I want to lose weight!

I won’t bore you with all the details but the jubilee weekend left us with a glut of party food in our fridge – including a huge tub of home made crème patissiere, which Steve transformed into a trifle. Vanilla crème pat – not too sweet – mixed with fresh strawberries, cream, and cake soaked in something alcoholic... A heavenly combination. I didn’t have to eat it several days in a row – but, no excuses, I did. And it was delicious!
The problem is, delicious food always fools me into thinking. “It can’t really do any harm, can it?”
If Kate Moss really believes that nothing tastes as good as skinny feels, the woman has no palate.  Or she has never been introduced to delicious food.
So, here is my problem. I am married to a chef who only knows how to cook delicious food – and I love eating it. I don’t have to be hungry. Just knowing there is something yummy waiting to be picked at is enough to create a craving. Nor do I have to be hungry to want seconds of something I am enjoying soooo much!
When I’m working, I’m frequently interrupted by Steve, bringing me spoonfuls of stock, sauces, canapés and cakes to taste – he wants and values my opinion. 
It’s often a blind tasting. I have no idea if I’m about to bite into something sweet or savoury, fish or fowl. When you’re not hungry and it’s only 10.0am, that is pretty daunting – but my palate soon swings into action, and that one little taste will lead to another, and another. And I wasn’t even hungry!! If I’d never tasted one of his chocolate brownies I’d think they were going to be sweet and sickly, and would turn up my nose and push them away. But that’s sadly not the case – and now I know it!
For me, the easy way to lose weight would be to jaunt back in time to my childhood – when I always eschewed leathery liver, over boiled greens and lumpy potatoes at school, and never felt hungry. There weren’t that many dishes I ate at home, either. Until we got into the 70s and Mum discovered herbs and spices and my palate was awakened.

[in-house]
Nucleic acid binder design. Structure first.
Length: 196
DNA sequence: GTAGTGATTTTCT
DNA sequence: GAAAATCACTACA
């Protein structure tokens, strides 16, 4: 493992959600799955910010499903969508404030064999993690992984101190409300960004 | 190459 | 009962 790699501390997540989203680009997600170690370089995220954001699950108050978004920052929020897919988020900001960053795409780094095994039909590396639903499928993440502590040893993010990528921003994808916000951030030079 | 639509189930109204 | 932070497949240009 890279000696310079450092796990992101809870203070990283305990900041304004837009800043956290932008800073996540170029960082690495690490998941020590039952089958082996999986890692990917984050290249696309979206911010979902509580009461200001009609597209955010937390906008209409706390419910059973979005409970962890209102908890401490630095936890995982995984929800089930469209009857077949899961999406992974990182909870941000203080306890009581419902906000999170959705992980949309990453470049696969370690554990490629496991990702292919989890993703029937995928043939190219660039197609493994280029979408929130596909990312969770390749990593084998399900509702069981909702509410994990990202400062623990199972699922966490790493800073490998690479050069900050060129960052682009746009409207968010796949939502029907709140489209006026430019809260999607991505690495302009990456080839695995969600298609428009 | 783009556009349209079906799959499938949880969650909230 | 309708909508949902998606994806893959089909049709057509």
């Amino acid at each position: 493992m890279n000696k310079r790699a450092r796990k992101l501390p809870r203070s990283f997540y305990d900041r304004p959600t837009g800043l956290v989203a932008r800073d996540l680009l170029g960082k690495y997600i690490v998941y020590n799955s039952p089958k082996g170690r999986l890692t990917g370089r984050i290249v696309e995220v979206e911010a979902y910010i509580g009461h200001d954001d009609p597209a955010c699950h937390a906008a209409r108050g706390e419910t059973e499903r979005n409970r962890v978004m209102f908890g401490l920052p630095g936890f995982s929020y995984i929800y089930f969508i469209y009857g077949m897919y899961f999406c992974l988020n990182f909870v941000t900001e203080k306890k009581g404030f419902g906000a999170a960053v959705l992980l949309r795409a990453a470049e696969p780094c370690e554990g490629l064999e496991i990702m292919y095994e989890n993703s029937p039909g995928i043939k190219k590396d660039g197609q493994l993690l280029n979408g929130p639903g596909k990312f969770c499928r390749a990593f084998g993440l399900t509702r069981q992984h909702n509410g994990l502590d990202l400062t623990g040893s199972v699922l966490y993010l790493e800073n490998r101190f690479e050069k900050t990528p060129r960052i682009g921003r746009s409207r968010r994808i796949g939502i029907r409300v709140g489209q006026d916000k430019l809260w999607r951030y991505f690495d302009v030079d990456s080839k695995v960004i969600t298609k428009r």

But now there’s no way I can avoid all the nice food around me – or the smells wafting up from the kitchen...
So, what do I do?
I’ve thought about the running challenge – and decided to reject it. I think any exercise I take up must be something I am prepared to bring into my life forever. That means it must easily fit into my life and routine. And it is essential that it is enjoyable too.
So the best bet is to add in more dog walks, more yoga, more aquarobics, more swimming. I have been trying to do a BodyVive Class – but it’s going the same way as Body Pump, and becoming one of those mortifying experiences where everyone else is doing one thing, while I’m doing something completely different.
On the food front, I should try to cut out carbs, sugar and alcohol. That I can do, in theory. But they are the mainstay of a social life – so that’s another challenge.
I’ll have to do something, though. Because, right now, jackets are not doing up, and waistbands are straining.
And I daren’t even get on the scales until I can sigh with relief instead of gasping with horror.